Gratitude and mindfulness go hand-in-hand. In being grateful, we are more present and more positive which can have a direct impact on our financial lives, allowing us to counteract our desire for immediate rewards and appreciate what we already have. Here are some tips to help you be more financially mindful:

Stop and appreciate that paycheck.
Don’t think about why that direct deposit isn’t as high as your friend’s. Celebrate that it came in the first place. Stop and affirm yourself for having earned it.

Being “emotionally wealthy” also impacts how you work. According to Harvard-trained happiness researcher Shawn Achor, a more positive brain gives you a competitive advantage in the workplace. In fact, studies have shown that the brain performs at a higher level in a positive state which can increase productivity by 31 percent.

Practice “conscious consumption”
Yeah, shopping feels good. Hardly anyone raps about being financially responsible. If they did I probably wouldn’t listen to it.

Not so fast, say the folks in lab coats. Dr. Julian Ford, author of Hijacked by Your Brain, says that impulse spending comes from a place of stress, and an attempt to relieve it. So while those purchases may give you a temporary high, that credit card bill will have much longer effects.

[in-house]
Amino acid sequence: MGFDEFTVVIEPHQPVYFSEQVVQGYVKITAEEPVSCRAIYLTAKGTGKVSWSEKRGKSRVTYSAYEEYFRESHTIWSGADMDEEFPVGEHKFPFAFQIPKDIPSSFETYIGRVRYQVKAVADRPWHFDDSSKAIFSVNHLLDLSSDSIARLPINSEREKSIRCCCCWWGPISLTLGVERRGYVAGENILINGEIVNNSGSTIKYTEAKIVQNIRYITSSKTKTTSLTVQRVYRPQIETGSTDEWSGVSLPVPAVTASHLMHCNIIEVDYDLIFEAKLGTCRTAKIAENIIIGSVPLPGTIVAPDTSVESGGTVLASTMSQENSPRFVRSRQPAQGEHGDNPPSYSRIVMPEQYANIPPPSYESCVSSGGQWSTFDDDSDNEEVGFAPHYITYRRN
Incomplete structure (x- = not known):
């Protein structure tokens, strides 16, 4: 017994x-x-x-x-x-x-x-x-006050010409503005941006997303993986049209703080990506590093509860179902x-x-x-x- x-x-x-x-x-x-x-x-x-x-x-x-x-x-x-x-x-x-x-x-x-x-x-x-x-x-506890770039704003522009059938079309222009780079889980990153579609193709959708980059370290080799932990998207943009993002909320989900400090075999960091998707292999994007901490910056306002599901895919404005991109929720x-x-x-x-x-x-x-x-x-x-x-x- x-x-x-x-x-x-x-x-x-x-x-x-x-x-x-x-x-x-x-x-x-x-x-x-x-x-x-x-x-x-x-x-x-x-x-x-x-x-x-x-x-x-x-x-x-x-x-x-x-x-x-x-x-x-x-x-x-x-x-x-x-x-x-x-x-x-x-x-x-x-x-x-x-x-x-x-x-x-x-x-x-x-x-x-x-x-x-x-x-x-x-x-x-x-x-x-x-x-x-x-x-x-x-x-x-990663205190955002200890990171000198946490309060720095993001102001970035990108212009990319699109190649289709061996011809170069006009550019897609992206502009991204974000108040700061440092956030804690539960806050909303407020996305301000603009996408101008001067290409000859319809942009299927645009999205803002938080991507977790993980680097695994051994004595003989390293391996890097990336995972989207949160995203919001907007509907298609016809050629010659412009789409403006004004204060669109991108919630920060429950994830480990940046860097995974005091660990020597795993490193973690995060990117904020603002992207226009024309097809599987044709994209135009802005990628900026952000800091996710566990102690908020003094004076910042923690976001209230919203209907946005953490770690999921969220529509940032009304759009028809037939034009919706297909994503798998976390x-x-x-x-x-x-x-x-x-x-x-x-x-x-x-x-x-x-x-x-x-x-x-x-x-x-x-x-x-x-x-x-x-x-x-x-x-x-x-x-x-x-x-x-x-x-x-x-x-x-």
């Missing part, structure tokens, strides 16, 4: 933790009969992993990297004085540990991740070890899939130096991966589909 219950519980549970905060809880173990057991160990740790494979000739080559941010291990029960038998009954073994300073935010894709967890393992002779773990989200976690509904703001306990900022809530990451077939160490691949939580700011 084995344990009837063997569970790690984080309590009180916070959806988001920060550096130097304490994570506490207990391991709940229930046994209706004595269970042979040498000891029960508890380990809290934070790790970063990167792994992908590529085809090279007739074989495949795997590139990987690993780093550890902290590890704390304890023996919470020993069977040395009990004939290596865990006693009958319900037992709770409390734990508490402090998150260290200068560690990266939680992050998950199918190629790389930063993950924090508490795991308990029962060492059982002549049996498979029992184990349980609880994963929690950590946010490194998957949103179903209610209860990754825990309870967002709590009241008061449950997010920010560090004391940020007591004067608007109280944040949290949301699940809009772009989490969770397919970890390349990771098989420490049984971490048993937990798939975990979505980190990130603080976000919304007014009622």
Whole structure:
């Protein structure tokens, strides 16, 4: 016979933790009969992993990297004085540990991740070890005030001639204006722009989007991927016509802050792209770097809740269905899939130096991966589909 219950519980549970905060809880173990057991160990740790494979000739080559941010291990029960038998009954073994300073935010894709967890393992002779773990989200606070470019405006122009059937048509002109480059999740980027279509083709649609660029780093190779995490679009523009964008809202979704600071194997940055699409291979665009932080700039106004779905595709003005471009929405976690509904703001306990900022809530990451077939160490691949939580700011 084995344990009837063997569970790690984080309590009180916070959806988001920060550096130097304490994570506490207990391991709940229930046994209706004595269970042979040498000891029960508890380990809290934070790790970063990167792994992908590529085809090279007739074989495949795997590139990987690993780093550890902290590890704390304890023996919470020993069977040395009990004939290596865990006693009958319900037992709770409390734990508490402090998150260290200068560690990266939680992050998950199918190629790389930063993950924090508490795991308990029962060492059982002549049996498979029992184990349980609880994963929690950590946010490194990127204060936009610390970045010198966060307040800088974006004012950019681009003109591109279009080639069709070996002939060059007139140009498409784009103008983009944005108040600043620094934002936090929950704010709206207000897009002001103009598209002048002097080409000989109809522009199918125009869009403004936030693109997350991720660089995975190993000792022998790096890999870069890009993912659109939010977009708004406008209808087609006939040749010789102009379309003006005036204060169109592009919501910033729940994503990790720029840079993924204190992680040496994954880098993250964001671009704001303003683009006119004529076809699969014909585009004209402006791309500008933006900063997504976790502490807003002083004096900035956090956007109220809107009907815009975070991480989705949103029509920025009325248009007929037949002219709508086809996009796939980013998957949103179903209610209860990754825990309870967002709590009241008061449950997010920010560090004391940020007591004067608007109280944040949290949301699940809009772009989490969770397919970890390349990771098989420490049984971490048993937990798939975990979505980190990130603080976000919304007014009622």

Practicing conscious consumption forces you to evaluate the various trade-offs involved when spending money. Stop to consider what you truly need or what will bring lasting satisfaction. Then, cut costs relentlessly on everything else. For example, clothing is not as big of a priority for me as compared to travel. Anytime I feel the urge to pick up that commemorative concert tee, I divert my attention to planning my next getaway to Europe.

Easier said than done, right? That’s why you’ll need to build safeguards to protect yourself from moments of weakness. Start by acknowledging your impulse triggers. What stores or websites make you spend mindlessly? Avoid being lured in by promotional emails and sales. Just because it’s a “bargain” doesn’t mean it’s worthwhile.

Becoming financially mindful has helped me become more grateful for the things I do buy while helping me save money at the same time. Talk about a virtuous cycle.

Have I convinced you yet? Rad. You can send me a thank-note later.